Monday, December 21, 2009

Old Glory WWI German Trench Fighters

Here's a group of figures I've had for awhile. In fact, they were the first WWI figures I ordered - along with the OG French Trench Fighters set. I don't even know if Warhammer's Great War rules were out yet, but I just liked the look of the figures. Now, they will supplement two platoons of regular infantry. The other figures are in the older uniform wearing pickelhaubes, but I don't mind getting these guys in the fight. It's hard to make out in the photo, but the trousers (hosen) are the stone-grey type introduced in 1915 and used for a little while - with or without red piping. When a better material was found they reissued trousers in feldgrau again in 1917. The stahhelm (steel helmet) these guys are wearing was introduced in 1916. However, not all troops received the newer helmet at once. There are photographs of Germans at Verdun (Feb-Dec 1916) still wearing the pickelhaube. Then again that was a very long battle.

Here's a posed shot that could be captioned, "It's gonna get real hot real soon!" or something corny like that. OG French defending.

And last, but not least - the OG Hussite War Wagon that I traded with a fellow TMPer for my Great War Miniatures Jagers came in the mail today. There was also a bunch of handgunners and flailmen thown in - more than I had expected. This piece will carry the Battle Standard for a Feudal German army.

I must say that I've had several very good trades using TMP - including the hoplite shields on a recently completed Greek army.

Friday, December 18, 2009

1st Corps Oxybeles and Crew

Finally finished this set. The Oxybeles, a type of catapult, was used from around the early-4th century BC onwards - with some modifications and improvements. This one should fit the bill for anything in the Hellenistic era. The guy aiming the weapon has a nicely-sculpted Corinthian helmet, pushed back in the classical way.

The weapon is a bit lighter-colored than in the photo taken with artificial lighting.

Together with the two phalanx units and Thracian peltasts, the foundation for a Greek army has been laid. I'm sure I'll add another phalanx (or two) later, but I'm not in any rush right now. In fact, the initial plan for the Greek hoplites was for them to be mercenaries for a Macedonian or Successor army.
As far as other projects, I ended up trading the Great War Miniatures Jager to a fellow TMP member for an OG Hussite War Wagon and some flail men. Although the GWM Jager were nice looking, they were too big to go along with the OG figures I already have. What I would like to use for Jager are Foundry figures from their Franco-Prussian War range. Their main difference, as far as I can tell, is the shako is uncovered, but I can live with that. The War Wagon will be converted to a Battle Standard Wagon for a Feudal German army. I also primed the OG Russo-Japanese War Japanese infantry and Perry French Heavy Cavalry. Tomorrow, I'm heading out to the Edgewood Bunker to try out the Crusader rules for a HYW game.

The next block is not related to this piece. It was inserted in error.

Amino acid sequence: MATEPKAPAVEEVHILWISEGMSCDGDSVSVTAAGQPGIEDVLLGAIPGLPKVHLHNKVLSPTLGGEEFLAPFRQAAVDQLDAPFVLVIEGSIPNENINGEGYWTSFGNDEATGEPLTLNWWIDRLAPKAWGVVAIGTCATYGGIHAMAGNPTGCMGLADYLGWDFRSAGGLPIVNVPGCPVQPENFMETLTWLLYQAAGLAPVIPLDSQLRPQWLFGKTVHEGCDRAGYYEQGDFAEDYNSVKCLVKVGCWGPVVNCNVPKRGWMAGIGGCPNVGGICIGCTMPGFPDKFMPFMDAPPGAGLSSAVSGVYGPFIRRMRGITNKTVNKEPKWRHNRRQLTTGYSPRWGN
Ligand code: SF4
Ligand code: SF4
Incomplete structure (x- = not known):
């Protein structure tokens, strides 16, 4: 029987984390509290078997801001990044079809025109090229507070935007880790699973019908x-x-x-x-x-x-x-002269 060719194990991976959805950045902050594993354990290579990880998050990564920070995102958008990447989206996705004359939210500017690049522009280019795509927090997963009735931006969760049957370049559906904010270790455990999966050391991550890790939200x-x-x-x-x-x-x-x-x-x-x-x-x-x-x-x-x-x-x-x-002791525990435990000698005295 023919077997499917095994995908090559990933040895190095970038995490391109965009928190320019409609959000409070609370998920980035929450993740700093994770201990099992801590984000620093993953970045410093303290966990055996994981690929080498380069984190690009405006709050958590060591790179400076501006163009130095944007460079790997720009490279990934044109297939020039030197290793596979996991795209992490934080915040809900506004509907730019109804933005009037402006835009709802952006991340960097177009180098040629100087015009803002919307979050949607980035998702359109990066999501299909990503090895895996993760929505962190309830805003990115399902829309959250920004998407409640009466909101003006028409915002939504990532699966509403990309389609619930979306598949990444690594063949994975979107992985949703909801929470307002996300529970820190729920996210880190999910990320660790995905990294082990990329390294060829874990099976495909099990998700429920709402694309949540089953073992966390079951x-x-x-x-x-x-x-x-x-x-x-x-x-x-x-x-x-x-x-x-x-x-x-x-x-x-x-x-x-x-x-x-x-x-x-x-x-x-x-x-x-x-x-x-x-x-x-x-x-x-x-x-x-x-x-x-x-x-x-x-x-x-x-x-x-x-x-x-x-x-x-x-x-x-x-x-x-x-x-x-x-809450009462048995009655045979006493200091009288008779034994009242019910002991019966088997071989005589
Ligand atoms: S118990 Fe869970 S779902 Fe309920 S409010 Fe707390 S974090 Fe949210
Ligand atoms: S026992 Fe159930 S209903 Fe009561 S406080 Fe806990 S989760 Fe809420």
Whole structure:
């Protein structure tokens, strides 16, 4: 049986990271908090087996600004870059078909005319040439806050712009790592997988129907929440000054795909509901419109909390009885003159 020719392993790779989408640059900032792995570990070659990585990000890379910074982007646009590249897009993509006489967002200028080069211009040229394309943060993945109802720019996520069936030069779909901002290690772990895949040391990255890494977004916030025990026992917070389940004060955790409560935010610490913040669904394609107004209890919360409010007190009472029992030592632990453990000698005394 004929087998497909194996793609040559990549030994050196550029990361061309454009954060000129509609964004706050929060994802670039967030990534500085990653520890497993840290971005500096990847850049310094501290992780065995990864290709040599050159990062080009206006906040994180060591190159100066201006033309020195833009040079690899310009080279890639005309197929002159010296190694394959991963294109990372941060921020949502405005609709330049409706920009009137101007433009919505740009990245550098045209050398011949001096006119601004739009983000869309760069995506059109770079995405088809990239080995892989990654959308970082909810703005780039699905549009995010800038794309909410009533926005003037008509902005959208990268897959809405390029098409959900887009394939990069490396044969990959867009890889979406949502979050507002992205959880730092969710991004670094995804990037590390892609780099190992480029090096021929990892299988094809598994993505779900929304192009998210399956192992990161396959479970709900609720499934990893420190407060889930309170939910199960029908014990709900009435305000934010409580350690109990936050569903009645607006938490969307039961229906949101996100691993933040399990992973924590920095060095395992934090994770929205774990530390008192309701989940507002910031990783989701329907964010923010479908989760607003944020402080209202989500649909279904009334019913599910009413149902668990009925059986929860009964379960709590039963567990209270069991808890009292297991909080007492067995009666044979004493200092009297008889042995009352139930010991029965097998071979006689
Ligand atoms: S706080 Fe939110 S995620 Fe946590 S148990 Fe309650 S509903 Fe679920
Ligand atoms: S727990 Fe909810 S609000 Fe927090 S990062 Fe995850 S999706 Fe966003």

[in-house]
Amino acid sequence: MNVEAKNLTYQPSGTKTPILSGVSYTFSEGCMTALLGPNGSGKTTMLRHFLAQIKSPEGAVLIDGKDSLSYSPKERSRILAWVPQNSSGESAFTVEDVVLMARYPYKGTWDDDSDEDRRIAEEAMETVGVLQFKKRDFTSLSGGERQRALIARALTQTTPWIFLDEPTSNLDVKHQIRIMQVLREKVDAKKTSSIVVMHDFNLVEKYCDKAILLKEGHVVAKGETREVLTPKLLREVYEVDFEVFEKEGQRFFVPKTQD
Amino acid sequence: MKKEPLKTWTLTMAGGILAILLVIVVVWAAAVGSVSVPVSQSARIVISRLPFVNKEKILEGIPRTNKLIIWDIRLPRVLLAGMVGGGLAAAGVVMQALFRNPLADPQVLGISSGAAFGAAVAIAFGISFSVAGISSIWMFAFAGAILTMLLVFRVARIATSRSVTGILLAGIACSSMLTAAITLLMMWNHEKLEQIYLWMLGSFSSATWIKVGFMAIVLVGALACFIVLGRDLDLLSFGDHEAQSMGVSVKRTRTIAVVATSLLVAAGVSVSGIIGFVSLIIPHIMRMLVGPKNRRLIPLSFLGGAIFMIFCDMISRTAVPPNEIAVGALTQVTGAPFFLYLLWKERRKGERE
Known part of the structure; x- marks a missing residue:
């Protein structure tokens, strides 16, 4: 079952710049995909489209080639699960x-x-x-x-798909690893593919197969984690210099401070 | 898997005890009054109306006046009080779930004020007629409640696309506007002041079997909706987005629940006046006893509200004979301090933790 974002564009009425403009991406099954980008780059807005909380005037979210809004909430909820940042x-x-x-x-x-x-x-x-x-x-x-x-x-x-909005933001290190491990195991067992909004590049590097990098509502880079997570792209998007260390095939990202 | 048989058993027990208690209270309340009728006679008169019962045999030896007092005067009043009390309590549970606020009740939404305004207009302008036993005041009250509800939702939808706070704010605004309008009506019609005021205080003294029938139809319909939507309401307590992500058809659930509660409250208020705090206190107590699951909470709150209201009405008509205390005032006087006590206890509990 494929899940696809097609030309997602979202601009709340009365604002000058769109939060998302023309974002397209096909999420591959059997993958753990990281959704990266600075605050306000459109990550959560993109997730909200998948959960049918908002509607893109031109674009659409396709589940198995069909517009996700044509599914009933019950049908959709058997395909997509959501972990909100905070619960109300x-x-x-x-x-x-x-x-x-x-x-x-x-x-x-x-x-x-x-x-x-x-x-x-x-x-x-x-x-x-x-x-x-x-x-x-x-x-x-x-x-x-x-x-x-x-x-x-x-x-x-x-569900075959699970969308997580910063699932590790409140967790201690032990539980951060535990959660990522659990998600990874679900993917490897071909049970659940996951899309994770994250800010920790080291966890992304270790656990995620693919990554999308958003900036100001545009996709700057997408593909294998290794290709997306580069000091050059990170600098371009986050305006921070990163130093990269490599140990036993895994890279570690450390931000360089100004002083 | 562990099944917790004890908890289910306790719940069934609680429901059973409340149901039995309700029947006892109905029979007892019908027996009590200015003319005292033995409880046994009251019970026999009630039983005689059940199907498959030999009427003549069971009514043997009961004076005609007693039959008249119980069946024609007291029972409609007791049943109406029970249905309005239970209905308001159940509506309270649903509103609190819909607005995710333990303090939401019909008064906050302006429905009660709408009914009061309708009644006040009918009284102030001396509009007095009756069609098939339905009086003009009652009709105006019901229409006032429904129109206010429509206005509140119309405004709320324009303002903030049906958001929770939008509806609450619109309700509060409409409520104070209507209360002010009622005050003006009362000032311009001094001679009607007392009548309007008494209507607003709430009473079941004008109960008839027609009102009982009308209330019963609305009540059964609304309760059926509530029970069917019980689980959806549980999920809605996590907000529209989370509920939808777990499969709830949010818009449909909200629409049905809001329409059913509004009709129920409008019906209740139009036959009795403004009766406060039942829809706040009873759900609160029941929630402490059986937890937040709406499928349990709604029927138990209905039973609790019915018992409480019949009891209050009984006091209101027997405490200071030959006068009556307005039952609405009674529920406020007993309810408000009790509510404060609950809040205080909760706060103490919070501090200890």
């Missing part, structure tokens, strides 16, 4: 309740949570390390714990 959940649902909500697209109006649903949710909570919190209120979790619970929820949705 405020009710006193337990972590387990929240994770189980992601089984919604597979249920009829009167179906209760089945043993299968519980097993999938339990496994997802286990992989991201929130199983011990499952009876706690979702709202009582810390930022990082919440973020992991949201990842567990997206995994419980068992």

Friday, December 11, 2009

Perry French Napoleonic Heavy Cavalry

Alas, before I could work on some figures for Great War, I got sucked into another project. This time it's a box of Perry French Napoleonic Heavy Cavalry. I had asked Chris Ewick of The Game Matrix to order me a box sometime ago - when I was deep into Sharp Practice. I hadn't heard from Chris in a while, and I thought it may have been due to the postal strike in the UK. In the interim I'd shifted interests, first Roman Seas, then some 1st Corps and OG hoplites. Anyway, Chris emailed me yesterday to say the box was in - so, like a fool I stopped in the Game Matrix today.

Long story short, these are some really nice figures.There are enough parts for 14 mounted- either all Cuirassiers or all Carabiniers (post- 1810 uniform). The box includes six casualty figures (three each French and British). Four flags, two for each for type of cavalry are also included. Since I only plan to use them in small skirmish scenarios, I opted to build both types of cavalry in two units of 7. Even though Carabiniers in this later uniform never fought in the Peninsula, I couldn't resist the white coats and copper-plated breastplates. I can always order more if I "need" bigger units. Since there are 14 heads of both types, I have a lot of spares - I plan to use the Carabinier heads on some Victrix French Infantry to represent some eagle guards.

For whatever reason, three trumpeter bodies (torsos) are included, so a musician for each unit was no problem. There is only one arm carrying the staff and eagle. However, I had a spare Victrix staff and eagle, so with a little conversion on a sword arm, I had an eagle bearer for both units.